Camino de Santiago first timers packing list
This is a basic set of what you need to pack for your Camino de Santiago, even if you are doing just the last 100 kms to get your Compostela.
Maybe you are here because you wanted to walk the Way of Saint James after seeing the movie "The Way" and thought "OMG SO EXCITING I WANT TO EXPERIENCE THE REAL ME AND MAKE BFF ON THE WAY", or maybe you are the horse protagonist of a movie titled "Eat, Pray, Love". So many reasons to embark on a great adventure right.
Especially if you're walking the whole 500 miles across Spain, ideally you want to start your walk when it's warm, between early May to late August. This will also allow you to carry the minimum amount of gear, which will make even more sense if you're walking only a fraction of it (I suggest enjoying the whole experience and starting from Saint-Jean-Pied-de-Port, but if you have decided to do less, I do not despise you) (I try, i really do).
This is what i suggest packing:
- Sleeping bag
- A pair of comfortable boots
- 4 tshirts/shirts
- 4 pair underwear
- 4 pair socks
- Safety pins
- Long pants
- Short pants
- Toiletries bag
- Medicine bag
- Sandals or Flip-flops
- Documents bag
- Money bag
- Phone and charger
- Space blanket
- Notebook and pen
The basic needs
Any medium sized backpack
During my pilgrimage i have used a modded 20 liter backpack, my beloved Quechua Arpenaz 20XC. The tiny size of this bag allowed me to travel with only the bare essentials (plus some useless trinkets) and walk more hours.
What i suggest for a first timer is a more comfortable solution, such as a 35/45l backpack for hikers; a 50 liters backpack will be too large and will make you carry too much stuff.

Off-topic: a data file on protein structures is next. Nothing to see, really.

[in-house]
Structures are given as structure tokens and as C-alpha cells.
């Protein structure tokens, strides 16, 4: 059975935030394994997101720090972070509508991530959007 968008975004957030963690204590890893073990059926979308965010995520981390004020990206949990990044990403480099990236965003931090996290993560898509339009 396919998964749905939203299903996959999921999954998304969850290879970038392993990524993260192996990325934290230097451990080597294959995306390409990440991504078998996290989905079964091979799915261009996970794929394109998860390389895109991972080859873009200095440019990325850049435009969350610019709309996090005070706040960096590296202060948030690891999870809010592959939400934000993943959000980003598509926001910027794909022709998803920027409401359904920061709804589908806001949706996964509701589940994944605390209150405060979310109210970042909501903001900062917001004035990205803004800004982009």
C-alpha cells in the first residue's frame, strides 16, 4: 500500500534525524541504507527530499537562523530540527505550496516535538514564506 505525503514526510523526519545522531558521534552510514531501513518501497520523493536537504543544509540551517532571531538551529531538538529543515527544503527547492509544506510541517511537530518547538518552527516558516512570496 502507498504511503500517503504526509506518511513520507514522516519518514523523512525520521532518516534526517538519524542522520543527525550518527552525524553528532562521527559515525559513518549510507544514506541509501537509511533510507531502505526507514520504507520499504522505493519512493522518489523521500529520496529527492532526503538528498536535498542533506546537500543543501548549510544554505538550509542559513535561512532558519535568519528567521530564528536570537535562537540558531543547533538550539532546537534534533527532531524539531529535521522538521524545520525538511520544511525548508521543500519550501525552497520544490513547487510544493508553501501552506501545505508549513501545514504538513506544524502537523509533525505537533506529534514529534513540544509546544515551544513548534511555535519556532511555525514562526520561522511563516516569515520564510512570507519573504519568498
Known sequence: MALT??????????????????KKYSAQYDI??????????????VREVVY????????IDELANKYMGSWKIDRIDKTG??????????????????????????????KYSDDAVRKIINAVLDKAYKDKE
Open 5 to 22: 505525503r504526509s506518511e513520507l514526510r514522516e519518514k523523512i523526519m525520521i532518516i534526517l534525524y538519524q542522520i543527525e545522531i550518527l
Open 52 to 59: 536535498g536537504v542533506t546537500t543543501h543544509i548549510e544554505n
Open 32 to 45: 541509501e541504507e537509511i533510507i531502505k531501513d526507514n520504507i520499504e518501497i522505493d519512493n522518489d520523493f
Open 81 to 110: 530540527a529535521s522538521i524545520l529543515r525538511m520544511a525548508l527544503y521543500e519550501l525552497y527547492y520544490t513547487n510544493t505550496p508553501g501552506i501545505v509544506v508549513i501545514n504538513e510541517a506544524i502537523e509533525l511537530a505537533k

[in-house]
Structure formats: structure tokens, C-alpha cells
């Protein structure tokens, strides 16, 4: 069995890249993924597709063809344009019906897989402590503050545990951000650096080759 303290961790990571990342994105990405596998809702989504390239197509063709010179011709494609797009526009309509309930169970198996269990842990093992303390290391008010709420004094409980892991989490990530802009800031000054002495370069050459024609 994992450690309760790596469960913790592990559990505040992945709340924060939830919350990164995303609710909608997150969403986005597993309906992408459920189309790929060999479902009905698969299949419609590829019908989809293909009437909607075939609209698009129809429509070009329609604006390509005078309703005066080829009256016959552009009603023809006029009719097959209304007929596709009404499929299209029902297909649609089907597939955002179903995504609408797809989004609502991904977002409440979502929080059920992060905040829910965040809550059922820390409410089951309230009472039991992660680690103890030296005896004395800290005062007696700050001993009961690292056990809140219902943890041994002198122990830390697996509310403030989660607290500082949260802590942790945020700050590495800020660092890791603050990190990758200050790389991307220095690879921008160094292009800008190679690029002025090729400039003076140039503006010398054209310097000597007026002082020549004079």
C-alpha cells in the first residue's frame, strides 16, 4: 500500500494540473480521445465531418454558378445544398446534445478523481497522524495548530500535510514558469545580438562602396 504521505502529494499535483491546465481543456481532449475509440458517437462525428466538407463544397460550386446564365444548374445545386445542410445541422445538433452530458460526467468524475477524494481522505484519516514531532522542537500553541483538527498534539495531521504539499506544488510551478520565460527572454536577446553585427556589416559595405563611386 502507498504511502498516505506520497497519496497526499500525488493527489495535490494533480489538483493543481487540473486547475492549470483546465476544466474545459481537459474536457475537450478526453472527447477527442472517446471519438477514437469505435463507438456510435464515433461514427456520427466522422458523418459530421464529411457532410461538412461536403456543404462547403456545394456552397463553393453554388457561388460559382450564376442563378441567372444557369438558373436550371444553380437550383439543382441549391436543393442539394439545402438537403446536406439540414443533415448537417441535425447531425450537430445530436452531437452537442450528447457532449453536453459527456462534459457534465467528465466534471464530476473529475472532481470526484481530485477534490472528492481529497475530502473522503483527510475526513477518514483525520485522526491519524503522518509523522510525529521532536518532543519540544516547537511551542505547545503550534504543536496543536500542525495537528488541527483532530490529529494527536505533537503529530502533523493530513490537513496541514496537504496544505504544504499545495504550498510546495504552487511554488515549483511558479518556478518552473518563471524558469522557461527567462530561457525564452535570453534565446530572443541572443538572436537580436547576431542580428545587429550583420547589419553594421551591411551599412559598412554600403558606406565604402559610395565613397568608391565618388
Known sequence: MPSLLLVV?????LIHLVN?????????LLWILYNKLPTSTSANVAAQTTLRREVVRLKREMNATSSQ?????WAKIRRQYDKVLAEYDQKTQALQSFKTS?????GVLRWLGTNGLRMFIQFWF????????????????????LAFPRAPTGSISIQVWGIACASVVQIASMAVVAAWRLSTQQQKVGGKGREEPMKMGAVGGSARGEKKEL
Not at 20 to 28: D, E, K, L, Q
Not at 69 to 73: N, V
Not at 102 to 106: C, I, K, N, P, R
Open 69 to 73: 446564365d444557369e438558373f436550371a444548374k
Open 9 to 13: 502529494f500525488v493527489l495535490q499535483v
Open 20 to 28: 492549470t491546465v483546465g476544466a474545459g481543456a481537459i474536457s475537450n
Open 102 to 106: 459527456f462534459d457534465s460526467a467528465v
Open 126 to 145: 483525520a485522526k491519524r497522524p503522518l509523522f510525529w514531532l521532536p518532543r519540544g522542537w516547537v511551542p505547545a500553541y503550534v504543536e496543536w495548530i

If you find want to carry presents for friends you can always mail them home during your walk and when you need to carry additional food or water you can always hang stuff outside your backpack in a plastic bag.
You can find cheap backpacks by looking online or visiting local gear stores and check if they have some discounted surplus.
Remember to get a rain cover for your bag to protect your belongings in bad weather.
During your walk you might feel your hands a bit puffy and weird, it's because they are constantly hanging down as you walk; for the same reason, if you play a stringed instrument (i brought a ukulele with me) you might notice that it's hard to move your fingers and that they get kind of stuck.
Get a backpack with hang loops on the straps, so you can keep your hands at chest level and let the blood flow; using walkin sticks or just grabbing your shoulder straps for some time works as well.
A sleeping bag
The weather will be so hot you will not need to get a winter sleeping bag, and summer sleeping bags are pretty cheap.
I suggest buying the most compact one that you can find in stores; some prefer to just carry a sleep liner, but it's not a viable solution if you choose to sleep outside.
If you find lavender during your walk, put a bag in your sleeping bag to keep bugs away.